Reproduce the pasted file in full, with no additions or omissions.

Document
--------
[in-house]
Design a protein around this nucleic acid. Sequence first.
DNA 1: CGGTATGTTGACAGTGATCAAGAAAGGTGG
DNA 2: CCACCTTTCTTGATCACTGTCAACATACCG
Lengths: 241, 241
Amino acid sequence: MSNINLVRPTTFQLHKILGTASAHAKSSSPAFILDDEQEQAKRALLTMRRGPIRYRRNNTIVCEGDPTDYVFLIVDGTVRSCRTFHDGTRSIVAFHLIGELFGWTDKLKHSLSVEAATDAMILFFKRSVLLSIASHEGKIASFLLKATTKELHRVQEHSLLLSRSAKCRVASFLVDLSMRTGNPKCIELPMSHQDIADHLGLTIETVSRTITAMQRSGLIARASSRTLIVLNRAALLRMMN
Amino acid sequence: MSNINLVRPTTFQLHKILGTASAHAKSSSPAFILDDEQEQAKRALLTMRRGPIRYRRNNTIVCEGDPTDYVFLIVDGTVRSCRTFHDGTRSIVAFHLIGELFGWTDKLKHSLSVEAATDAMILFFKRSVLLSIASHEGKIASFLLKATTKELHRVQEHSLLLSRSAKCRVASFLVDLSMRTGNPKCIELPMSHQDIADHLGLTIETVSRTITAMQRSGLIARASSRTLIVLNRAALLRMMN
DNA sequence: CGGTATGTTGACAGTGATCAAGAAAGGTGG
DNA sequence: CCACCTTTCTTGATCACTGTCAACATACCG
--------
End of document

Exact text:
[in-house]
Design a protein around this nucleic acid. Sequence first.
DNA 1: CGGTATGTTGACAGTGATCAAGAAAGGTGG
DNA 2: CCACCTTTCTTGATCACTGTCAACATACCG
Lengths: 241, 241
Amino acid sequence: MSNINLVRPTTFQLHKILGTASAHAKSSSPAFILDDEQEQAKRALLTMRRGPIRYRRNNTIVCEGDPTDYVFLIVDGTVRSCRTFHDGTRSIVAFHLIGELFGWTDKLKHSLSVEAATDAMILFFKRSVLLSIASHEGKIASFLLKATTKELHRVQEHSLLLSRSAKCRVASFLVDLSMRTGNPKCIELPMSHQDIADHLGLTIETVSRTITAMQRSGLIARASSRTLIVLNRAALLRMMN
Amino acid sequence: MSNINLVRPTTFQLHKILGTASAHAKSSSPAFILDDEQEQAKRALLTMRRGPIRYRRNNTIVCEGDPTDYVFLIVDGTVRSCRTFHDGTRSIVAFHLIGELFGWTDKLKHSLSVEAATDAMILFFKRSVLLSIASHEGKIASFLLKATTKELHRVQEHSLLLSRSAKCRVASFLVDLSMRTGNPKCIELPMSHQDIADHLGLTIETVSRTITAMQRSGLIARASSRTLIVLNRAALLRMMN
DNA sequence: CGGTATGTTGACAGTGATCAAGAAAGGTGG
DNA sequence: CCACCTTTCTTGATCACTGTCAACATACCG